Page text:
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This book examines newspapers, magazines, photographs, illustrations, and editorial cartoons to tell the important story of journalism, documenting its role during the Civil War as well as the impact of the war on the press.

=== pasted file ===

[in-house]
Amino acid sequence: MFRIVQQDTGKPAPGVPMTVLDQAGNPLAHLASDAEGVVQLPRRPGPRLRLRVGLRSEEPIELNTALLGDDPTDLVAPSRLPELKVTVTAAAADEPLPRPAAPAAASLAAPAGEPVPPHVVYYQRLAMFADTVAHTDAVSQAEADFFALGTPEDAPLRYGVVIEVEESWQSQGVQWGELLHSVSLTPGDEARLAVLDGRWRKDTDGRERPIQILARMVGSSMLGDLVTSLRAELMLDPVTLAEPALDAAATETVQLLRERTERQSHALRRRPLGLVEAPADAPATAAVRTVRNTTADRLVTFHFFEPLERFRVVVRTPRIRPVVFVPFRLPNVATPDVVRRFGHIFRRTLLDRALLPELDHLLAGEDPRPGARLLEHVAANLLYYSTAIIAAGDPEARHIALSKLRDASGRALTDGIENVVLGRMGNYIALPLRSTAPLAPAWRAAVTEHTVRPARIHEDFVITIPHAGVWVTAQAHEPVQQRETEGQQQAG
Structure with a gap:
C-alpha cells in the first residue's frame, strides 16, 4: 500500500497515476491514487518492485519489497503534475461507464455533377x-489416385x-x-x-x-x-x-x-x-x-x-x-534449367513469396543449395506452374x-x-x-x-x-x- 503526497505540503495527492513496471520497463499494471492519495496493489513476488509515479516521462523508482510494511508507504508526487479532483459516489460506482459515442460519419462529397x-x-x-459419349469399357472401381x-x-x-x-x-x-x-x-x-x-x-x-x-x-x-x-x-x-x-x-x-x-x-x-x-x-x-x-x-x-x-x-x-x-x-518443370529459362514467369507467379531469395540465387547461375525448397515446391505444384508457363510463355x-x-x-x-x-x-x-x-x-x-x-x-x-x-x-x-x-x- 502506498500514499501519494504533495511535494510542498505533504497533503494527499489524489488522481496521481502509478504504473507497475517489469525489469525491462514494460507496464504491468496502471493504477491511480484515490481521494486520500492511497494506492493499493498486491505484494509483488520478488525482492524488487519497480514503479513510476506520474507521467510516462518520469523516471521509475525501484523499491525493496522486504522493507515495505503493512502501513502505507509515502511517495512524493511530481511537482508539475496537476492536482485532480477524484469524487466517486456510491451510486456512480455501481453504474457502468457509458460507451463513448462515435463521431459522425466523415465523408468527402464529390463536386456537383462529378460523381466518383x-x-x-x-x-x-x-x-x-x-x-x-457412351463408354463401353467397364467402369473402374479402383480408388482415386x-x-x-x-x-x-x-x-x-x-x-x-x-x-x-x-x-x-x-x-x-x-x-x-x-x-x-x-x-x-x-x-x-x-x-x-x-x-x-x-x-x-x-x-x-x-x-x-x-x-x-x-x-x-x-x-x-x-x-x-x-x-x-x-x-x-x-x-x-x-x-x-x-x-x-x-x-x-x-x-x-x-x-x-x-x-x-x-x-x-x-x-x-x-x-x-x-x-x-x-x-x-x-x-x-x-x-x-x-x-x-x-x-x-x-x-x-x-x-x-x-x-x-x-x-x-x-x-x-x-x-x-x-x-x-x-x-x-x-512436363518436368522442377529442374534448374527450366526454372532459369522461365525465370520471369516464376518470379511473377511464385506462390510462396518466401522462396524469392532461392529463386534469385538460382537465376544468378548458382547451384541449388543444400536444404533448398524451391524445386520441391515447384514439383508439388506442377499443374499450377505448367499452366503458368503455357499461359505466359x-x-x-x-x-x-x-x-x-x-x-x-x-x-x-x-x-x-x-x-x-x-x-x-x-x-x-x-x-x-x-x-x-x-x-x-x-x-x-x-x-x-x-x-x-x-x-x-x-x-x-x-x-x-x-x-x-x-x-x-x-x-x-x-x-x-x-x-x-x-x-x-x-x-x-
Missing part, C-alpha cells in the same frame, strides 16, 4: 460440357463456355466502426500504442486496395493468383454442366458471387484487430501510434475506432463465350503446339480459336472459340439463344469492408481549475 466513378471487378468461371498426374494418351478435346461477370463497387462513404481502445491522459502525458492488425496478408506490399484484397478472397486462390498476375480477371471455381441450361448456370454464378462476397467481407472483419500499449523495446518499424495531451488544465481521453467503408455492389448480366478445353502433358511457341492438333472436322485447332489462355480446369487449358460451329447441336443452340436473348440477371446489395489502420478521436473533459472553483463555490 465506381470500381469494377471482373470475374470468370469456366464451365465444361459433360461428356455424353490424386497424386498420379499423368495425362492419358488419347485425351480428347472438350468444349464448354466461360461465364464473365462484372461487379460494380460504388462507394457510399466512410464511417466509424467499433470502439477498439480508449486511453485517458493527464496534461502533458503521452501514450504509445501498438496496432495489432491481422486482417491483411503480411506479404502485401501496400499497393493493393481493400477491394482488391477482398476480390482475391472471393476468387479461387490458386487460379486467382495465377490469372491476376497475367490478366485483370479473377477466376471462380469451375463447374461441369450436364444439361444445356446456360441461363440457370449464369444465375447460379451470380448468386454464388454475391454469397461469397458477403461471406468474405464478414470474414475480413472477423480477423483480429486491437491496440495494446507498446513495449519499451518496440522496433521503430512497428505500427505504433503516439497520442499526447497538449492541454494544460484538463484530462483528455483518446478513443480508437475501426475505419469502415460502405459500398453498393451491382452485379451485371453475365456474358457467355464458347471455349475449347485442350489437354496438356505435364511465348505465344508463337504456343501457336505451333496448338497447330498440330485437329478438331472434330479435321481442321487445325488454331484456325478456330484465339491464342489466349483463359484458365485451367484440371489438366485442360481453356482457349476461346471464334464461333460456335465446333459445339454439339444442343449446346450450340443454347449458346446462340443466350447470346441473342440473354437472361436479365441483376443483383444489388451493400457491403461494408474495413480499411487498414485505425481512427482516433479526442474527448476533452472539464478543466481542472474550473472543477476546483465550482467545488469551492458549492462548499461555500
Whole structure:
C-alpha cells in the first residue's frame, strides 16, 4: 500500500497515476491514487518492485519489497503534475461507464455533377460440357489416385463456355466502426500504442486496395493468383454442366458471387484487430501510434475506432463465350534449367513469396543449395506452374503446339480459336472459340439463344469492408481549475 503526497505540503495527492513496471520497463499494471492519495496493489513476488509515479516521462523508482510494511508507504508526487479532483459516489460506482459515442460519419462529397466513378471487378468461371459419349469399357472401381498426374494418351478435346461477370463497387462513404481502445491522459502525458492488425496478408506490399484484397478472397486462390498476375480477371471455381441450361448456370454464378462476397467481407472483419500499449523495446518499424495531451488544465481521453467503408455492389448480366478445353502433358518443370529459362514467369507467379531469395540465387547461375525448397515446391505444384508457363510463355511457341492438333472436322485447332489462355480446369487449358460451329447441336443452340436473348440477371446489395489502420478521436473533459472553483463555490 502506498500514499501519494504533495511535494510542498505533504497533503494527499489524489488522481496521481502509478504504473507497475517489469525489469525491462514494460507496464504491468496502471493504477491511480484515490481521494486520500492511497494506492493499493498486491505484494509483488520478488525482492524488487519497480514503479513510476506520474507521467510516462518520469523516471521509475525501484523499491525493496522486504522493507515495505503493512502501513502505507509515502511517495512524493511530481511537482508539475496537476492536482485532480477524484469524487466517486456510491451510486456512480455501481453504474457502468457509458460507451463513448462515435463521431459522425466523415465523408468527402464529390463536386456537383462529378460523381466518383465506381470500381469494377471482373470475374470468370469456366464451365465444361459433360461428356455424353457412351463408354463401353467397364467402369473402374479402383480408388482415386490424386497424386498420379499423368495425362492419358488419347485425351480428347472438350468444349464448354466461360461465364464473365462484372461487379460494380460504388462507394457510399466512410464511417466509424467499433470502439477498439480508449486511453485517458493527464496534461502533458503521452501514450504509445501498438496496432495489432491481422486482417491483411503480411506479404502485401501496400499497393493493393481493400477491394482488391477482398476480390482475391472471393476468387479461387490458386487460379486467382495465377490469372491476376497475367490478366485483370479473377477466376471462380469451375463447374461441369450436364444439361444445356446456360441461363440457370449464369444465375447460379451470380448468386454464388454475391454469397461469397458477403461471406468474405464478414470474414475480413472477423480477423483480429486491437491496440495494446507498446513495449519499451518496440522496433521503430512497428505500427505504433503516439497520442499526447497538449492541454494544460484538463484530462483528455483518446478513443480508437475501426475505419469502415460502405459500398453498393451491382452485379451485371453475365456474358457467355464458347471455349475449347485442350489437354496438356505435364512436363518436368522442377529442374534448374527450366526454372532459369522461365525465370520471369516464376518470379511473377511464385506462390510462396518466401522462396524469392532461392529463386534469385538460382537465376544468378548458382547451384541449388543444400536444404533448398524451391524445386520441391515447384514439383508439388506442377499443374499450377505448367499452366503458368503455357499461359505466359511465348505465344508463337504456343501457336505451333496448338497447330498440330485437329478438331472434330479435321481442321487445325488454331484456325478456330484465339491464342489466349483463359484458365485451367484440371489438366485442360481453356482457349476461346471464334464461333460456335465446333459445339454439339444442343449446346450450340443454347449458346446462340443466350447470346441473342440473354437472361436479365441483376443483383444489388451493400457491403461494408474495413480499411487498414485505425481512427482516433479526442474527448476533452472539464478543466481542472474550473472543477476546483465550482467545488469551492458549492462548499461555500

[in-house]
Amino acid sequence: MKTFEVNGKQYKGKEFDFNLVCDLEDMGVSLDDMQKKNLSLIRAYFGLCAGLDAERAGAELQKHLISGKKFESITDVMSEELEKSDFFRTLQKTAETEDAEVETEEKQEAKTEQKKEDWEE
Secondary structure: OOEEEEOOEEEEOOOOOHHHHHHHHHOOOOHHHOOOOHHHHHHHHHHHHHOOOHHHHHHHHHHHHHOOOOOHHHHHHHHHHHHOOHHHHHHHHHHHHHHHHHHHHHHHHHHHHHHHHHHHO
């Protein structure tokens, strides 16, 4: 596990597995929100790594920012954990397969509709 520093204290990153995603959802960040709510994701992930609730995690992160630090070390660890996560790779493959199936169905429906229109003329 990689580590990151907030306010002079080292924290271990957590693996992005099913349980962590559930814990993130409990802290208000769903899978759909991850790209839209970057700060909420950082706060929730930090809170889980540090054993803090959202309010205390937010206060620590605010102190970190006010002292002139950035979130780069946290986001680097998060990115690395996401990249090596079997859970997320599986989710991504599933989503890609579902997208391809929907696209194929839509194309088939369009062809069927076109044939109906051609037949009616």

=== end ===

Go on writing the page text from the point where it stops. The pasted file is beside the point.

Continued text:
Journalism in the Civil War Era examines the contributions of newspapers and magazines to the American public's understanding of the nation's greatest internal conflict. It documents the effect the Civil War had on journalism, and the effect journalism had on the Civil War. It describes the politics that affected the press, the constraints placed upon it, and the influence of technology. The book discusses the editors and reporters who covered the war, profiling the typical newspaper of the era as well as the response of the press corps to wartime challenges. Providing a broad account of journalism during this period, this book serves as an important reference for scholars and students, and as a supplementary text for courses in journalism history, U.S. press history, civil rights law, and nineteenth century history. "Bulla and Borchard's analysis of newspapers during the Civil War era shows that this was a transformative time for the press and a perilous time for the relationship between government and the press. The authors argue effectively that `the media that emerged [from the first Modern War] laid the foundation for modern news.'"---David B. Sachsman, West Chair of Excellence and Director of the Symposium on the Nineteenth Century Press, the Civil War, and Free Expression, University of Tennessee at Chattanooga "Bulla and Borchard have produced what has been long needed in the study of U.S. Civil War journalism: a social and cultural history of the American press that goes beyond anecdotal accounts of war news. They explore the nature of the Civil War-era press itself in all its strengths and weaknesses, ranging from political and economic grandstanding and over-the-top verbal grandiloquence to the sheer bravery and determination of a number of editors, publishers, and journalists who viewed their tasks as interpreters and informers of the day's news. Using a mix of carefully selected case studies as well as an extensive study of newspapers both large and small, this highly readable work places the Civil War press squarely where it belongs---as a part of the larger social and cultural experience of midnineteenth century America."---Mary M. Cronin, Department of Journalism, New Mexico State University "Bulla and Borchard have significantly expanded our understanding of the press, its impact, and its many roles during the Civil War. They shed light on politics, commerce, technology, public opinion, and censorship. Their book reminds us why the press matters most when a nation's fundamental freedoms are at stake."---Michael S. Sweeney, Author, The Military and the Press